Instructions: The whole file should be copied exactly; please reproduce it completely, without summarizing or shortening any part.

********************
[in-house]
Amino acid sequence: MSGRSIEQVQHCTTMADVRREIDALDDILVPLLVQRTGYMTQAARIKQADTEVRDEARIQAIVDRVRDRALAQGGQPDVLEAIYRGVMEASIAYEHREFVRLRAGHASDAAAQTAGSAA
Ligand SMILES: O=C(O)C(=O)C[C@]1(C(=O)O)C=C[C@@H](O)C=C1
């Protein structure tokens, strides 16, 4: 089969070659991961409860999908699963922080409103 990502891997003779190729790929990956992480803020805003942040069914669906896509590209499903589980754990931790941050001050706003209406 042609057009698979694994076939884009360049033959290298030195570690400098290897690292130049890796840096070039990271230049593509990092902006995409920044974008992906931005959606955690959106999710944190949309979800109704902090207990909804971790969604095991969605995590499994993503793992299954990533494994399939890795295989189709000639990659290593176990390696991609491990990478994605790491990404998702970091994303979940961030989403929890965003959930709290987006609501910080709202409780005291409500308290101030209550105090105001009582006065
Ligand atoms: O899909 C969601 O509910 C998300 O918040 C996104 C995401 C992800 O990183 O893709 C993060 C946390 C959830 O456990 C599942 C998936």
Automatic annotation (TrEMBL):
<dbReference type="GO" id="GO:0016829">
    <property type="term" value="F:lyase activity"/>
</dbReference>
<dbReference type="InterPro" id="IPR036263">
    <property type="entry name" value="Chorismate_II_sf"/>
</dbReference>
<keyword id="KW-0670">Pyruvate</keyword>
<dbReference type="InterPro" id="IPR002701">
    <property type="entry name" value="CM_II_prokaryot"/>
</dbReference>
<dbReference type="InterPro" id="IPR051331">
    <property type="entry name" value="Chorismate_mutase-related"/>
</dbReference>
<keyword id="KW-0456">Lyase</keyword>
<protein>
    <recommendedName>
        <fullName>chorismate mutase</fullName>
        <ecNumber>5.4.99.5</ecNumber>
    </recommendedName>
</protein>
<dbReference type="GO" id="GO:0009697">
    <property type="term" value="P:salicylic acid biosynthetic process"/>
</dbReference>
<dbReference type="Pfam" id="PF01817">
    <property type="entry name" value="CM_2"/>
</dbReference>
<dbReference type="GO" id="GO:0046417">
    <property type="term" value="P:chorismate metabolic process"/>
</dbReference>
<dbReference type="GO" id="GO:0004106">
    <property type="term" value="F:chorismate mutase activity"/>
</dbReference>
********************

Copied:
[in-house]
Amino acid sequence: MSGRSIEQVQHCTTMADVRREIDALDDILVPLLVQRTGYMTQAARIKQADTEVRDEARIQAIVDRVRDRALAQGGQPDVLEAIYRGVMEASIAYEHREFVRLRAGHASDAAAQTAGSAA
Ligand SMILES: O=C(O)C(=O)C[C@]1(C(=O)O)C=C[C@@H](O)C=C1
């Protein structure tokens, strides 16, 4: 089969070659991961409860999908699963922080409103 990502891997003779190729790929990956992480803020805003942040069914669906896509590209499903589980754990931790941050001050706003209406 042609057009698979694994076939884009360049033959290298030195570690400098290897690292130049890796840096070039990271230049593509990092902006995409920044974008992906931005959606955690959106999710944190949309979800109704902090207990909804971790969604095991969605995590499994993503793992299954990533494994399939890795295989189709000639990659290593176990390696991609491990990478994605790491990404998702970091994303979940961030989403929890965003959930709290987006609501910080709202409780005291409500308290101030209550105090105001009582006065
Ligand atoms: O899909 C969601 O509910 C998300 O918040 C996104 C995401 C992800 O990183 O893709 C993060 C946390 C959830 O456990 C599942 C998936």
Automatic annotation (TrEMBL):
<dbReference type="GO" id="GO:0016829">
    <property type="term" value="F:lyase activity"/>
</dbReference>
<dbReference type="InterPro" id="IPR036263">
    <property type="entry name" value="Chorismate_II_sf"/>
</dbReference>
<keyword id="KW-0670">Pyruvate</keyword>
<dbReference type="InterPro" id="IPR002701">
    <property type="entry name" value="CM_II_prokaryot"/>
</dbReference>
<dbReference type="InterPro" id="IPR051331">
    <property type="entry name" value="Chorismate_mutase-related"/>
</dbReference>
<keyword id="KW-0456">Lyase</keyword>
<protein>
    <recommendedName>
        <fullName>chorismate mutase</fullName>
        <ecNumber>5.4.99.5</ecNumber>
    </recommendedName>
</protein>
<dbReference type="GO" id="GO:0009697">
    <property type="term" value="P:salicylic acid biosynthetic process"/>
</dbReference>
<dbReference type="Pfam" id="PF01817">
    <property type="entry name" value="CM_2"/>
</dbReference>
<dbReference type="GO" id="GO:0046417">
    <property type="term" value="P:chorismate metabolic process"/>
</dbReference>
<dbReference type="GO" id="GO:0004106">
    <property type="term" value="F:chorismate mutase activity"/>
</dbReference>